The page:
Activists protest outside a Nestle water-bottling plant where they demanded that the company halt its water-bottling operations in response to the state's drought in Los Angeles, on May 20, 2015.
Frederic J. Brown—AFP/Getty Images
By Justin Worland
Updated: October 14, 2015 6:05 PM ET

A group of environmental organizations filed suit against the U.S. Forest Service on Tuesday alleging that the government agency allowed Nestlé to bottle water in California on an expired permit.

The lawsuit, filed in U.S. District Court, calls on the Forest Service to shut down immediately a four-mile pipeline that transports water from Strawberry Creek to a bottling facility. The permit in question expired in 1988, according to the lawsuit. The plaintiffs demand that the Forest Service conduct another review that takes into account environmental impacts, according to the lawsuit. Nestle is not a party to the suit.

The suit, filed by advocacy groups the Story of Stuff Project, the Courage Campaign Institute and the Center for Biological Diversity, comes amidst an historic drought that has prompted policies requiring the state’s residents to cut personal water use. The plaintiffs argue that corporations shouldn’t get such unfettered water use while regular people have to cut back.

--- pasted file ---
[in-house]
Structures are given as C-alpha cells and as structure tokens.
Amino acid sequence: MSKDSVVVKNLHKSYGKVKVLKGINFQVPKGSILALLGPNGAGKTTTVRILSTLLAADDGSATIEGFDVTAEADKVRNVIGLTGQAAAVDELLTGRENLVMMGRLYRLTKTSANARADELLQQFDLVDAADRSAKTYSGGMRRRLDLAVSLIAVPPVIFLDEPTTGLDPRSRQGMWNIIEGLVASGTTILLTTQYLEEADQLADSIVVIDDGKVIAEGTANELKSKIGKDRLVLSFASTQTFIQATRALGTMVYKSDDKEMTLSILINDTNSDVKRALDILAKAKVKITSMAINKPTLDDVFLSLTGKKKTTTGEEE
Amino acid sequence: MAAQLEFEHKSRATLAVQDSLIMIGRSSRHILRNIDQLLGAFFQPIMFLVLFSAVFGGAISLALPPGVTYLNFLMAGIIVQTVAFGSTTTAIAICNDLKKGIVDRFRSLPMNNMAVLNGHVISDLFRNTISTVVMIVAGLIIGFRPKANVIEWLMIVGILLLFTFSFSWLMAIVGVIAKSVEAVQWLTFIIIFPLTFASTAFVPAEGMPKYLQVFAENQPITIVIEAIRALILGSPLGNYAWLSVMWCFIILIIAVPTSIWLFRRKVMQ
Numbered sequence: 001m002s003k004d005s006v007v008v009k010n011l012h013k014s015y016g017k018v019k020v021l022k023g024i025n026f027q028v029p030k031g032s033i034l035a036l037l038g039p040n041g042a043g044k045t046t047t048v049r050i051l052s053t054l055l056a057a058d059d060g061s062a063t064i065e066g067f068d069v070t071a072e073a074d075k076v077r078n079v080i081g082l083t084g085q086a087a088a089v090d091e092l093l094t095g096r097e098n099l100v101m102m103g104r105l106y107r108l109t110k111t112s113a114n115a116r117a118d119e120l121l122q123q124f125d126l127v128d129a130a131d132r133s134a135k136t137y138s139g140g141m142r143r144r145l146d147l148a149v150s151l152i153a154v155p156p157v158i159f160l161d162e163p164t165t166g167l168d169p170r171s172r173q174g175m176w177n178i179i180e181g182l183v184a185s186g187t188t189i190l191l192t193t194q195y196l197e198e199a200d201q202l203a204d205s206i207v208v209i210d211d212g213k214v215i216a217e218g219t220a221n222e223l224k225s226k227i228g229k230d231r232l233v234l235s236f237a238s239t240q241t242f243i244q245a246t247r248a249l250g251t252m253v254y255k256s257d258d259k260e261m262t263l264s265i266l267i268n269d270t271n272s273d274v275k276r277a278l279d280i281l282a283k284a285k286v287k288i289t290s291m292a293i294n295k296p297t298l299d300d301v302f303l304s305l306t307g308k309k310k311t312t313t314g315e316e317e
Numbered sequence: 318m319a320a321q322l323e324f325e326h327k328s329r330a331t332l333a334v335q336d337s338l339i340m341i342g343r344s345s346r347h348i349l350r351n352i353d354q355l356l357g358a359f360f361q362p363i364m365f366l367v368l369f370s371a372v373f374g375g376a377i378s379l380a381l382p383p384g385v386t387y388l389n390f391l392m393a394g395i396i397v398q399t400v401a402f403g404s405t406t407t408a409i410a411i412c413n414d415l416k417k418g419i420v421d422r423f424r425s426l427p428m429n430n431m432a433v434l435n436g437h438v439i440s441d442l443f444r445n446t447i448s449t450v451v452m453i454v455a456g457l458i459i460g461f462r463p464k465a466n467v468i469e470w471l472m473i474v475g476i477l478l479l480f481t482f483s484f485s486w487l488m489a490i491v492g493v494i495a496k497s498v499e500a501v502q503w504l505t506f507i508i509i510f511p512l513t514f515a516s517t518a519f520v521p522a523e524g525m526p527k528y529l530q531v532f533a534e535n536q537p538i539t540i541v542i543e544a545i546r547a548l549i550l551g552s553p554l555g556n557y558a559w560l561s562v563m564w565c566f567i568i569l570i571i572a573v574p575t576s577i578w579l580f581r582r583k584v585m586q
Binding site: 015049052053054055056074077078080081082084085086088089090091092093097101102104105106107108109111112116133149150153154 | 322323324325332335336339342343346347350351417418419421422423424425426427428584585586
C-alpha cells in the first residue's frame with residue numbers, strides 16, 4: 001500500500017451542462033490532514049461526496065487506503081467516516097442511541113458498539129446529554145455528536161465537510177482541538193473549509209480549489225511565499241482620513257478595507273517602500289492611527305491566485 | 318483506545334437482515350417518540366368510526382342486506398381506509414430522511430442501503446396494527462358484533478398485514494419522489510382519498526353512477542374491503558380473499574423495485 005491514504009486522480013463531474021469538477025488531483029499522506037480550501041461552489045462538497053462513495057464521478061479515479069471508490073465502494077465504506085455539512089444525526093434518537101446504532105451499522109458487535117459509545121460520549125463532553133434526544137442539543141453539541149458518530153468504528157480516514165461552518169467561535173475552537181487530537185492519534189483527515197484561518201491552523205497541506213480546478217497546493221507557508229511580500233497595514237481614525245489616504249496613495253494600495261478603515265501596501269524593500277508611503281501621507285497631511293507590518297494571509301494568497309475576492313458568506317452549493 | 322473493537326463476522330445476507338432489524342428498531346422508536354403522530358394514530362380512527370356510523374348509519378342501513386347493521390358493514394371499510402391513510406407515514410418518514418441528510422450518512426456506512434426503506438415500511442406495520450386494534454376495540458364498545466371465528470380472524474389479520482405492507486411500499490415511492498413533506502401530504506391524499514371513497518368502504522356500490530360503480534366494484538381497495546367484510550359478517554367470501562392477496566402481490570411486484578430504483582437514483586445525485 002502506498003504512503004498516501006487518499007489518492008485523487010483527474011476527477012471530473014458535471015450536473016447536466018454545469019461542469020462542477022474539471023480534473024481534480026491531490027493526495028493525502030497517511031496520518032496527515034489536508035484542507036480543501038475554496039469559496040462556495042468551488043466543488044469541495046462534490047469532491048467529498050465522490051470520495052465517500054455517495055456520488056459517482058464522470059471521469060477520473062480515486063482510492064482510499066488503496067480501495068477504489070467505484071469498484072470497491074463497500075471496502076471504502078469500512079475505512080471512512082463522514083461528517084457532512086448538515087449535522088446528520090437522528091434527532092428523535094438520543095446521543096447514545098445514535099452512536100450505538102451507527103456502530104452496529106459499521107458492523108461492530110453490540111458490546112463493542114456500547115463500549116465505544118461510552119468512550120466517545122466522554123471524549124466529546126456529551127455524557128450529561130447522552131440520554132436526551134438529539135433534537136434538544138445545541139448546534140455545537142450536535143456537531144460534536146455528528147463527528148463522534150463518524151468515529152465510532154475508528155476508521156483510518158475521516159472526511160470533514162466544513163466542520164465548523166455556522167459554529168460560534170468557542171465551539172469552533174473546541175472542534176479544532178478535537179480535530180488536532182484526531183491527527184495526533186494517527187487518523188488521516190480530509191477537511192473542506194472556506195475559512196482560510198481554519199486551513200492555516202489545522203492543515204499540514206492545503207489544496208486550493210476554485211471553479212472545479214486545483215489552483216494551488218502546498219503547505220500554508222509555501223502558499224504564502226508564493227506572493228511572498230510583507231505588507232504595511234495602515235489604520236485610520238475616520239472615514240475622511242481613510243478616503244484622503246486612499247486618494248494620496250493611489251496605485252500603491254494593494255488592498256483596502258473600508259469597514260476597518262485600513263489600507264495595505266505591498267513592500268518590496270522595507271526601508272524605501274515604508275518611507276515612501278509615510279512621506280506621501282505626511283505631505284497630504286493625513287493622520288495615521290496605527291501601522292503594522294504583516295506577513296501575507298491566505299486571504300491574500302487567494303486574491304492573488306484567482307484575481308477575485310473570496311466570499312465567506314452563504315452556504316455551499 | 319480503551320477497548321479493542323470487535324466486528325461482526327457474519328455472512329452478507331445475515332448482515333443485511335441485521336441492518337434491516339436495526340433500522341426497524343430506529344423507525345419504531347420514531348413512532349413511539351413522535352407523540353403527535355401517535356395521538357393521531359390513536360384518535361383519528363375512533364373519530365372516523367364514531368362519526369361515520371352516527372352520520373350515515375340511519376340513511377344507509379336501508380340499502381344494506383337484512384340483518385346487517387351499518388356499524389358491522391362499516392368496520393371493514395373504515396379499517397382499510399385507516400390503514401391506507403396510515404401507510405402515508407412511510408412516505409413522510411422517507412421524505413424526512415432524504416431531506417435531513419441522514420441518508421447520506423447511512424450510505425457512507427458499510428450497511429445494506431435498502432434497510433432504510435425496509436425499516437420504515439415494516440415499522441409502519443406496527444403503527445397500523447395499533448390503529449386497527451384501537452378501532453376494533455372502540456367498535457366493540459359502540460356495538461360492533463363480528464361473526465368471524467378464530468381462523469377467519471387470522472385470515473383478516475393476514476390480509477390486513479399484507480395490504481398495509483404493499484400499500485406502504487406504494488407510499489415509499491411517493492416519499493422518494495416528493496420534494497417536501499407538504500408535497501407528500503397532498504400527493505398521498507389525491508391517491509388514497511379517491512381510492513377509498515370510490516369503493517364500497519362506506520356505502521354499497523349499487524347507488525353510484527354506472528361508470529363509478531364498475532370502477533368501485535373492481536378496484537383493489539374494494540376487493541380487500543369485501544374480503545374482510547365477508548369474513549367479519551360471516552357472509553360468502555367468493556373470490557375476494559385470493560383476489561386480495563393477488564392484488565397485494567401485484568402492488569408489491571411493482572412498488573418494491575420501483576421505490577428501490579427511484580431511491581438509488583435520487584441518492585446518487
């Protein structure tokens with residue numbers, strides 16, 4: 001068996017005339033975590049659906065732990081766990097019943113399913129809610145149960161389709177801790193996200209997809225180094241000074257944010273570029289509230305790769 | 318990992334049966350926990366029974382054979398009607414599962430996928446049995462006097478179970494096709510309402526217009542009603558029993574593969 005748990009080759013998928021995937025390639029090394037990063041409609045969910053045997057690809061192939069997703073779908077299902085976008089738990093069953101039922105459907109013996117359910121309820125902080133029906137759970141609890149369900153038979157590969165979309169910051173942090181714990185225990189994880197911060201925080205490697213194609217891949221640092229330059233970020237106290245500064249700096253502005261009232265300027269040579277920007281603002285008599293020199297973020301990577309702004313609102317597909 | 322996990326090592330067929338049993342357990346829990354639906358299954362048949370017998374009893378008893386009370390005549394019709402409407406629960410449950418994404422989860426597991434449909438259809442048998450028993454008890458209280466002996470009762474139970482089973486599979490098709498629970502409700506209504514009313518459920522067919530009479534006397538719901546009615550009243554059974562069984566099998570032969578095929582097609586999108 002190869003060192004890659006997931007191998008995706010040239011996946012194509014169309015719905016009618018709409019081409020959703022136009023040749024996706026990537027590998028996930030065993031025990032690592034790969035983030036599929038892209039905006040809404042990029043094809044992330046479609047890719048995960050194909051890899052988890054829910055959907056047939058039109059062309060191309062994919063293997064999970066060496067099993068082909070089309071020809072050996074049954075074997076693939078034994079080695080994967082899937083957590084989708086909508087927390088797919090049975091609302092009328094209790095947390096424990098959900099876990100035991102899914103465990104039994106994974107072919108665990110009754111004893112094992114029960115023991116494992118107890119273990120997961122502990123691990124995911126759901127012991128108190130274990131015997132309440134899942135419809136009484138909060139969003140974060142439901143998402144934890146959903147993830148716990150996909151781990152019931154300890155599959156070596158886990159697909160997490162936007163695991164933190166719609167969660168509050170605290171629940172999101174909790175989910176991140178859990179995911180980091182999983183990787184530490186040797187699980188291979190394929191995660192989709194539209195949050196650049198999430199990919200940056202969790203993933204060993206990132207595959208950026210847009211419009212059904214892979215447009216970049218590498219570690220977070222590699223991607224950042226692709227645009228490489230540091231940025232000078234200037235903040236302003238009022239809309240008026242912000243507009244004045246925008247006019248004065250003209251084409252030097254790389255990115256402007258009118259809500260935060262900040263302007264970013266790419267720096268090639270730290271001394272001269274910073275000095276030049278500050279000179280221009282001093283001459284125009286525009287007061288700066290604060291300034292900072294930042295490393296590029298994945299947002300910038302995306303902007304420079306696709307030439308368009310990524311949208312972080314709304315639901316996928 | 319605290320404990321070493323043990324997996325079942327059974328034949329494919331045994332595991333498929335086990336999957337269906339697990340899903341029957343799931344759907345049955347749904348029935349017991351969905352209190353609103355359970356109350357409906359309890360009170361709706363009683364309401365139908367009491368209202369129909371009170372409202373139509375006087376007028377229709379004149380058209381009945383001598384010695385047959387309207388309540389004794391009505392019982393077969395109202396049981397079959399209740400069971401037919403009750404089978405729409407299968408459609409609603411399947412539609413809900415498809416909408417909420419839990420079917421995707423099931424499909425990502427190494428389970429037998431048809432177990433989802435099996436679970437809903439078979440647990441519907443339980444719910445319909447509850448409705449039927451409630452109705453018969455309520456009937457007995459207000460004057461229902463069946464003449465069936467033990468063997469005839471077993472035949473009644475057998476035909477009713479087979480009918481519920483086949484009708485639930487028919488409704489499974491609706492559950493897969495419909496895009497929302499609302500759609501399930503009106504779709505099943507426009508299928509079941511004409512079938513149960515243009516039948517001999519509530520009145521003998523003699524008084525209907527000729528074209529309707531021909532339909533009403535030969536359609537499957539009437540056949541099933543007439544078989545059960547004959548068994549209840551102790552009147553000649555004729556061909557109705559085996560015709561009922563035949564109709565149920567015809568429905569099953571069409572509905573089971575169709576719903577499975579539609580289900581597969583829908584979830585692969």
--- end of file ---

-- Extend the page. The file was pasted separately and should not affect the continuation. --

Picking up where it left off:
“Nestlé’s actions aren’t just morally bankrupt, they are illegal,” said Eddie Kurtz, executive director of the Courage Campaign Institute, in a statement. “Our government won’t stand up to them, so we’re taking matters into our own hands.”

In a statement, Nestle Waters spokesperson Jane Lazgin said the permit “remains in full force and effect under the federal Administrative Procedure Act.”

“We are working diligently with the USFS on the renewal of the permit,” said Lazgin in an emailed statement. “We will continue to abide by all relevant laws and regulations, be it federal, state or local as it relates to our operations.”

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